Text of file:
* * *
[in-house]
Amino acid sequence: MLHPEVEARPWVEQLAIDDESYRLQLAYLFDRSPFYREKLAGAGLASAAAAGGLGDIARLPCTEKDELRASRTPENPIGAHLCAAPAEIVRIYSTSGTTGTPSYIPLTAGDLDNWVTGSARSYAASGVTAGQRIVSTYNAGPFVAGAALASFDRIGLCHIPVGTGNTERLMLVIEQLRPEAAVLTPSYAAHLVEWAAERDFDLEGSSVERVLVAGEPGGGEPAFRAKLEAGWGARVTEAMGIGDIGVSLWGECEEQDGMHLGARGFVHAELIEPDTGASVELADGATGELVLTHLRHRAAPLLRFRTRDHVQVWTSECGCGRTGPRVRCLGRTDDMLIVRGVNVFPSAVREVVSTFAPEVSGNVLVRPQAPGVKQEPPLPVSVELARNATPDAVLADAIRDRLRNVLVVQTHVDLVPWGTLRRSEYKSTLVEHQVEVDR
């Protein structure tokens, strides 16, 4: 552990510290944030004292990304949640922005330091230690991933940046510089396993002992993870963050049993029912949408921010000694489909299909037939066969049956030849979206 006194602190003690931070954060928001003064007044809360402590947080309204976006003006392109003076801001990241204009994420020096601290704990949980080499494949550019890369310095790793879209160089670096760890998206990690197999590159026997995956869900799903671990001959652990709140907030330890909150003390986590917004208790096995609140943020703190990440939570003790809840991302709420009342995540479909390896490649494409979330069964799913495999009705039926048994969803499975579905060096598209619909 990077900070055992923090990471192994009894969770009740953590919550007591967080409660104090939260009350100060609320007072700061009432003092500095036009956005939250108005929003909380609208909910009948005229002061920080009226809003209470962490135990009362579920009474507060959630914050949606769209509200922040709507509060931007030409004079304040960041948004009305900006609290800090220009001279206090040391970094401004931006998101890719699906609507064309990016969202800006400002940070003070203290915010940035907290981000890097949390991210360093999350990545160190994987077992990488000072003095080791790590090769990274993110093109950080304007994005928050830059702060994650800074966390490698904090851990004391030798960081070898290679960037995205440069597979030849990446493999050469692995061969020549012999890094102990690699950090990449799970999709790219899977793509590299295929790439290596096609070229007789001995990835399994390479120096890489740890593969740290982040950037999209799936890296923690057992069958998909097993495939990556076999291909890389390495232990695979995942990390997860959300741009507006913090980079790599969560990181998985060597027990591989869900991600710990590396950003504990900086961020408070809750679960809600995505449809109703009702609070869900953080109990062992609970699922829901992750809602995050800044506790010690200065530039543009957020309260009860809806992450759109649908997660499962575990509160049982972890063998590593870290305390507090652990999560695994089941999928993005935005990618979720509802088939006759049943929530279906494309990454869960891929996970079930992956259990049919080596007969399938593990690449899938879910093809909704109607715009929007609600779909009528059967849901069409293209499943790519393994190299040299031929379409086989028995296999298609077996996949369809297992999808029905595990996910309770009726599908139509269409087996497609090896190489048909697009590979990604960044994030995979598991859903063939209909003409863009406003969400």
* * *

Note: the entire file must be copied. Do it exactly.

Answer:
[in-house]
Amino acid sequence: MLHPEVEARPWVEQLAIDDESYRLQLAYLFDRSPFYREKLAGAGLASAAAAGGLGDIARLPCTEKDELRASRTPENPIGAHLCAAPAEIVRIYSTSGTTGTPSYIPLTAGDLDNWVTGSARSYAASGVTAGQRIVSTYNAGPFVAGAALASFDRIGLCHIPVGTGNTERLMLVIEQLRPEAAVLTPSYAAHLVEWAAERDFDLEGSSVERVLVAGEPGGGEPAFRAKLEAGWGARVTEAMGIGDIGVSLWGECEEQDGMHLGARGFVHAELIEPDTGASVELADGATGELVLTHLRHRAAPLLRFRTRDHVQVWTSECGCGRTGPRVRCLGRTDDMLIVRGVNVFPSAVREVVSTFAPEVSGNVLVRPQAPGVKQEPPLPVSVELARNATPDAVLADAIRDRLRNVLVVQTHVDLVPWGTLRRSEYKSTLVEHQVEVDR
């Protein structure tokens, strides 16, 4: 552990510290944030004292990304949640922005330091230690991933940046510089396993002992993870963050049993029912949408921010000694489909299909037939066969049956030849979206 006194602190003690931070954060928001003064007044809360402590947080309204976006003006392109003076801001990241204009994420020096601290704990949980080499494949550019890369310095790793879209160089670096760890998206990690197999590159026997995956869900799903671990001959652990709140907030330890909150003390986590917004208790096995609140943020703190990440939570003790809840991302709420009342995540479909390896490649494409979330069964799913495999009705039926048994969803499975579905060096598209619909 990077900070055992923090990471192994009894969770009740953590919550007591967080409660104090939260009350100060609320007072700061009432003092500095036009956005939250108005929003909380609208909910009948005229002061920080009226809003209470962490135990009362579920009474507060959630914050949606769209509200922040709507509060931007030409004079304040960041948004009305900006609290800090220009001279206090040391970094401004931006998101890719699906609507064309990016969202800006400002940070003070203290915010940035907290981000890097949390991210360093999350990545160190994987077992990488000072003095080791790590090769990274993110093109950080304007994005928050830059702060994650800074966390490698904090851990004391030798960081070898290679960037995205440069597979030849990446493999050469692995061969020549012999890094102990690699950090990449799970999709790219899977793509590299295929790439290596096609070229007789001995990835399994390479120096890489740890593969740290982040950037999209799936890296923690057992069958998909097993495939990556076999291909890389390495232990695979995942990390997860959300741009507006913090980079790599969560990181998985060597027990591989869900991600710990590396950003504990900086961020408070809750679960809600995505449809109703009702609070869900953080109990062992609970699922829901992750809602995050800044506790010690200065530039543009957020309260009860809806992450759109649908997660499962575990509160049982972890063998590593870290305390507090652990999560695994089941999928993005935005990618979720509802088939006759049943929530279906494309990454869960891929996970079930992956259990049919080596007969399938593990690449899938879910093809909704109607715009929007609600779909009528059967849901069409293209499943790519393994190299040299031929379409086989028995296999298609077996996949369809297992999808029905595990996910309770009726599908139509269409087996497609090896190489048909697009590979990604960044994030995979598991859903063939209909003409863009406003969400």